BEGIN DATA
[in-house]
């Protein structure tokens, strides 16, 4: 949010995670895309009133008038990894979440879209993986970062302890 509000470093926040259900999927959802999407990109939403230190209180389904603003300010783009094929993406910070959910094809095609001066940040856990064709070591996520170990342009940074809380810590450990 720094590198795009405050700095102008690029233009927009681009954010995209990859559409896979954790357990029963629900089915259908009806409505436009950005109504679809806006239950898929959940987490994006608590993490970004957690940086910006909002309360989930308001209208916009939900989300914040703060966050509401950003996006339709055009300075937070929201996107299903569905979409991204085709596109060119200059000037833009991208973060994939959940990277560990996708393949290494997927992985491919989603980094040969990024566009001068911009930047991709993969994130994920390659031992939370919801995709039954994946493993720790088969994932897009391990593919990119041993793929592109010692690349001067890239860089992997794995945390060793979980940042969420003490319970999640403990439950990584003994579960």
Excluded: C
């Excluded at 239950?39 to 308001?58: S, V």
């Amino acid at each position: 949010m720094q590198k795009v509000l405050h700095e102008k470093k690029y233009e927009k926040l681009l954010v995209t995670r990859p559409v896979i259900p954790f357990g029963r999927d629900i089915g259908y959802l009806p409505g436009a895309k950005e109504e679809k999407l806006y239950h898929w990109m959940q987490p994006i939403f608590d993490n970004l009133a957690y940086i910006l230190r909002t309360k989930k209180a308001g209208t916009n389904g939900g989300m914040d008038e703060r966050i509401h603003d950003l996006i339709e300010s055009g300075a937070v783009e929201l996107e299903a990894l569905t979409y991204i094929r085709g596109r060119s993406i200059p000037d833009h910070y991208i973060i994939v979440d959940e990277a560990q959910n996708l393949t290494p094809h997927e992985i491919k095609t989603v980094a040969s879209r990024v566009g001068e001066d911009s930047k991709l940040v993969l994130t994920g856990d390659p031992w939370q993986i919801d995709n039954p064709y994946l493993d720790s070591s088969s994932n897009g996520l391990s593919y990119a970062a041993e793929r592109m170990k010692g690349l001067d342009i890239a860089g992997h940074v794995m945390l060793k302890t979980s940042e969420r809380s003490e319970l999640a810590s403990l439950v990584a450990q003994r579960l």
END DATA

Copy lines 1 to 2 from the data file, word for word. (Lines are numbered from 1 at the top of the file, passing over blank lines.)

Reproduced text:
[in-house]
């Protein structure tokens, strides 16, 4: 949010995670895309009133008038990894979440879209993986970062302890 509000470093926040259900999927959802999407990109939403230190209180389904603003300010783009094929993406910070959910094809095609001066940040856990064709070591996520170990342009940074809380810590450990 720094590198795009405050700095102008690029233009927009681009954010995209990859559409896979954790357990029963629900089915259908009806409505436009950005109504679809806006239950898929959940987490994006608590993490970004957690940086910006909002309360989930308001209208916009939900989300914040703060966050509401950003996006339709055009300075937070929201996107299903569905979409991204085709596109060119200059000037833009991208973060994939959940990277560990996708393949290494997927992985491919989603980094040969990024566009001068911009930047991709993969994130994920390659031992939370919801995709039954994946493993720790088969994932897009391990593919990119041993793929592109010692690349001067890239860089992997794995945390060793979980940042969420003490319970999640403990439950990584003994579960």